Since women are slightly more likely to experience hives menopause is thought to be partly responsible for cases that occur in a woman's 40's and 50's. Though not well understood, the link between hives and hormones has been demonstrated through individual cases as well as laboratory studies.
Hives are defined as red, raised blotches (called "welts" or "wheals") on the skin that measure 0.2 inches in diameter or larger. Sometimes the hives appear as single bumps, and sometimes they clump together to form large patches. For some women with hives menopause causes angioedema, or swelling in the face, lips, hands -- and possibly even the airway or intestinal lining.
We do know that menopause is a time of extensive change for a woman, both physically and psychologically. From these changes, doctors have identified two possible areas that may prove that there is definitely a hives menopause connection:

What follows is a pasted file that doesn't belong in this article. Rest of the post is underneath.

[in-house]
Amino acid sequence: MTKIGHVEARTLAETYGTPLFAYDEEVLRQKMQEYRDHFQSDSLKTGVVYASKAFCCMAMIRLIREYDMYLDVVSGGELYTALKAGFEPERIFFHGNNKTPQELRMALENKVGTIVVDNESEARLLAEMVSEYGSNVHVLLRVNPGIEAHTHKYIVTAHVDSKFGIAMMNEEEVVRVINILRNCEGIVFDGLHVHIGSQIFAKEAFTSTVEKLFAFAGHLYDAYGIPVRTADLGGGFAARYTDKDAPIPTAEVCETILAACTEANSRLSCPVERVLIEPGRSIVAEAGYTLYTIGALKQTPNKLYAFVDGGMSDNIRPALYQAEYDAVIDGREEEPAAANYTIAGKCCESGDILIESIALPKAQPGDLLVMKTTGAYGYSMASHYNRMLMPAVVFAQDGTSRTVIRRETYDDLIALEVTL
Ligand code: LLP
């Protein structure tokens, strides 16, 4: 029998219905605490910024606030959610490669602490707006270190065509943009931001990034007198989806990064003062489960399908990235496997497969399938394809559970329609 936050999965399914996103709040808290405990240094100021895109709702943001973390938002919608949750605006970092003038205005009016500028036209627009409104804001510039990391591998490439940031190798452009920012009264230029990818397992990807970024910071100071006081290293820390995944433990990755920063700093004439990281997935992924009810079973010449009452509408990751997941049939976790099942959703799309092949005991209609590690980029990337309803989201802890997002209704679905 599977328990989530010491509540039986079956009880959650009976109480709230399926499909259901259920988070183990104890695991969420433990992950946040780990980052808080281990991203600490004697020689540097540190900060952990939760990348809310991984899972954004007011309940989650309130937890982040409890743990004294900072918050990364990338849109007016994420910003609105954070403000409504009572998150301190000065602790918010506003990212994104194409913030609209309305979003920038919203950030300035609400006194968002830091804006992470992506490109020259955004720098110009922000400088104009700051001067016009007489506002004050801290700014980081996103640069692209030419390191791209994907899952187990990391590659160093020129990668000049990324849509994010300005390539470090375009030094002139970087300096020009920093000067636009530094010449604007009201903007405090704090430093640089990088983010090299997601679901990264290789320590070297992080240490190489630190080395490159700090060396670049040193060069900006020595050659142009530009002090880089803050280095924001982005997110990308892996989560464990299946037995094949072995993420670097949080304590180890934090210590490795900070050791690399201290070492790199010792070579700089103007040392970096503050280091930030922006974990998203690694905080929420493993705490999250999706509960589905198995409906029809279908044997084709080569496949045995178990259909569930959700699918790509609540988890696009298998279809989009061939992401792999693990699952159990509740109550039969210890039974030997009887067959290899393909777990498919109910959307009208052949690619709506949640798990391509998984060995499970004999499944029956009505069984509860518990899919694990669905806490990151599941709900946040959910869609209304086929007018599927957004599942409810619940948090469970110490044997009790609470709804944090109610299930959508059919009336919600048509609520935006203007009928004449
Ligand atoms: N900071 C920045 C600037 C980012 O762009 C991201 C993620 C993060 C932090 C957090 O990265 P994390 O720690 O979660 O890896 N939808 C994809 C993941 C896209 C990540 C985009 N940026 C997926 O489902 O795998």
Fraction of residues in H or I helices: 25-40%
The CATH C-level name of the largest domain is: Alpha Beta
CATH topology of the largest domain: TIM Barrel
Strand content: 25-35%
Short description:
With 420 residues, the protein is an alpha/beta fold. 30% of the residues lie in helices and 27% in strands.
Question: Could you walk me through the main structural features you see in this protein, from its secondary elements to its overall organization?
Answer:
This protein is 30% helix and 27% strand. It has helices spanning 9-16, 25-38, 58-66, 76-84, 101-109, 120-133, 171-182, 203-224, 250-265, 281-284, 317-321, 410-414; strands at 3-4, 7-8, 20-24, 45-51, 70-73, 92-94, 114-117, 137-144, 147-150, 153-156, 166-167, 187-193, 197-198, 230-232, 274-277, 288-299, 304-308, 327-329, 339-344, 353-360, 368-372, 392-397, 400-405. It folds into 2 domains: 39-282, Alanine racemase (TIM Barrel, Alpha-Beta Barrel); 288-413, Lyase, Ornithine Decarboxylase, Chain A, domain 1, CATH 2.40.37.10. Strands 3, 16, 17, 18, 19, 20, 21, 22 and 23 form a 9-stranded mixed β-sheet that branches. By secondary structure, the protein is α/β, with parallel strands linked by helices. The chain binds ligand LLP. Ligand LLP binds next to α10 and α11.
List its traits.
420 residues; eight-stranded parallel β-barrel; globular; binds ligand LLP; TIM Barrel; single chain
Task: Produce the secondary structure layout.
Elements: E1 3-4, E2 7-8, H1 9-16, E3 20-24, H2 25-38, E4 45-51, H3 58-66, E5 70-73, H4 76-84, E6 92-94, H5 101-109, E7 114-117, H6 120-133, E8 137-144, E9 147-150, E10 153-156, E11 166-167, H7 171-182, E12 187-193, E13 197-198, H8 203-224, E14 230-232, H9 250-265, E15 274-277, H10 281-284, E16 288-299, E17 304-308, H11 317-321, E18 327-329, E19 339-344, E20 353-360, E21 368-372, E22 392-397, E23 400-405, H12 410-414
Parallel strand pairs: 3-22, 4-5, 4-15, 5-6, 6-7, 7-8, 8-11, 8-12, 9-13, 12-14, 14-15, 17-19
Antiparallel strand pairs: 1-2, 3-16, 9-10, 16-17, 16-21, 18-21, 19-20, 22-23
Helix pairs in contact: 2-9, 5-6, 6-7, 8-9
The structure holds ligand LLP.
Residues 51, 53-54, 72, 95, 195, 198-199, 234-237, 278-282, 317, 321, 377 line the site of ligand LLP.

Prevention of hives is often a difficult undertaking, as fewer than 10% of cases have a known cause. Fortunately, there are some steps you can take to try to end the hives menopause relationship.
Few women are able to completely prevent their hives; if you do suffer from an outbreak, consider these treatment strategies:
Many cases of hives can be successfully treated at home, or may clear up on their own. However, you should see your doctor to make sure an underlying illness or disease is not causing them. Be sure to ask about the link between hives and hormones. See your doctor immediately if you have difficulty breathing or lightheadedness.
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